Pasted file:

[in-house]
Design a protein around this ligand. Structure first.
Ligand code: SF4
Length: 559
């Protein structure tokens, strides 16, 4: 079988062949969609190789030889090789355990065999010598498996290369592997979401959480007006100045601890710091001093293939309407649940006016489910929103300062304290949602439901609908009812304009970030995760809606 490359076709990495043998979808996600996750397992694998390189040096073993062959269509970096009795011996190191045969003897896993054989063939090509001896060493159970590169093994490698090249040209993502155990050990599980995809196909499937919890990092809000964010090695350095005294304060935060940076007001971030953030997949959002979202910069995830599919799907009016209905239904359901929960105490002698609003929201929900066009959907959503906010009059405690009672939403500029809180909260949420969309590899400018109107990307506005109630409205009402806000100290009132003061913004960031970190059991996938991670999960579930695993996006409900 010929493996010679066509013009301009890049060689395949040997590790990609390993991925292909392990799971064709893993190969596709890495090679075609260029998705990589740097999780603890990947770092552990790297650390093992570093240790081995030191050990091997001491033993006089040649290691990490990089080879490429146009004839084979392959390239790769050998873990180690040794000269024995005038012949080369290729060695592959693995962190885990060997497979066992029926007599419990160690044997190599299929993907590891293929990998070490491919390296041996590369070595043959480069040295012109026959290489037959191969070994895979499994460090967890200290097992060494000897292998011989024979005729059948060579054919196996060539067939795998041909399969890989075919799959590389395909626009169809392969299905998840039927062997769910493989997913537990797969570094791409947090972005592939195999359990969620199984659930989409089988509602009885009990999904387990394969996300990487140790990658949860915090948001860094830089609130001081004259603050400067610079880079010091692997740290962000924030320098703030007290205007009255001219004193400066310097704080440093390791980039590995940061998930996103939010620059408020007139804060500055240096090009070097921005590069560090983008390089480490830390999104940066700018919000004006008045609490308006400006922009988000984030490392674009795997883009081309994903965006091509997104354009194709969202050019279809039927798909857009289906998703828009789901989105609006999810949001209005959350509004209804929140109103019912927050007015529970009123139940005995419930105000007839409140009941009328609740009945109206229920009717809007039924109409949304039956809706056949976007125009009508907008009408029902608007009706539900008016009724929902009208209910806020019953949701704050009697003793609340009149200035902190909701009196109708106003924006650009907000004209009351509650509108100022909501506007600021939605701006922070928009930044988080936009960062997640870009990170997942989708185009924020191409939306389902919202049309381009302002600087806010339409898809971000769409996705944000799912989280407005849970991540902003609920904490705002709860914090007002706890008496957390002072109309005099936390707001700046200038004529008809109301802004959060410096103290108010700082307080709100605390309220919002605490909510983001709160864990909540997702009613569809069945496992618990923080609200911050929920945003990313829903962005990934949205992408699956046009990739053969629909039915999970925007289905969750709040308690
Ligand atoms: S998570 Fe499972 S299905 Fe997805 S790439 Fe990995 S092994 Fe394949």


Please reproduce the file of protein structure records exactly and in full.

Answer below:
[in-house]
Design a protein around this ligand. Structure first.
Ligand code: SF4
Length: 559
């Protein structure tokens, strides 16, 4: 079988062949969609190789030889090789355990065999010598498996290369592997979401959480007006100045601890710091001093293939309407649940006016489910929103300062304290949602439901609908009812304009970030995760809606 490359076709990495043998979808996600996750397992694998390189040096073993062959269509970096009795011996190191045969003897896993054989063939090509001896060493159970590169093994490698090249040209993502155990050990599980995809196909499937919890990092809000964010090695350095005294304060935060940076007001971030953030997949959002979202910069995830599919799907009016209905239904359901929960105490002698609003929201929900066009959907959503906010009059405690009672939403500029809180909260949420969309590899400018109107990307506005109630409205009402806000100290009132003061913004960031970190059991996938991670999960579930695993996006409900 010929493996010679066509013009301009890049060689395949040997590790990609390993991925292909392990799971064709893993190969596709890495090679075609260029998705990589740097999780603890990947770092552990790297650390093992570093240790081995030191050990091997001491033993006089040649290691990490990089080879490429146009004839084979392959390239790769050998873990180690040794000269024995005038012949080369290729060695592959693995962190885990060997497979066992029926007599419990160690044997190599299929993907590891293929990998070490491919390296041996590369070595043959480069040295012109026959290489037959191969070994895979499994460090967890200290097992060494000897292998011989024979005729059948060579054919196996060539067939795998041909399969890989075919799959590389395909626009169809392969299905998840039927062997769910493989997913537990797969570094791409947090972005592939195999359990969620199984659930989409089988509602009885009990999904387990394969996300990487140790990658949860915090948001860094830089609130001081004259603050400067610079880079010091692997740290962000924030320098703030007290205007009255001219004193400066310097704080440093390791980039590995940061998930996103939010620059408020007139804060500055240096090009070097921005590069560090983008390089480490830390999104940066700018919000004006008045609490308006400006922009988000984030490392674009795997883009081309994903965006091509997104354009194709969202050019279809039927798909857009289906998703828009789901989105609006999810949001209005959350509004209804929140109103019912927050007015529970009123139940005995419930105000007839409140009941009328609740009945109206229920009717809007039924109409949304039956809706056949976007125009009508907008009408029902608007009706539900008016009724929902009208209910806020019953949701704050009697003793609340009149200035902190909701009196109708106003924006650009907000004209009351509650509108100022909501506007600021939605701006922070928009930044988080936009960062997640870009990170997942989708185009924020191409939306389902919202049309381009302002600087806010339409898809971000769409996705944000799912989280407005849970991540902003609920904490705002709860914090007002706890008496957390002072109309005099936390707001700046200038004529008809109301802004959060410096103290108010700082307080709100605390309220919002605490909510983001709160864990909540997702009613569809069945496992618990923080609200911050929920945003990313829903962005990934949205992408699956046009990739053969629909039915999970925007289905969750709040308690
Ligand atoms: S998570 Fe499972 S299905 Fe997805 S790439 Fe990995 S092994 Fe394949």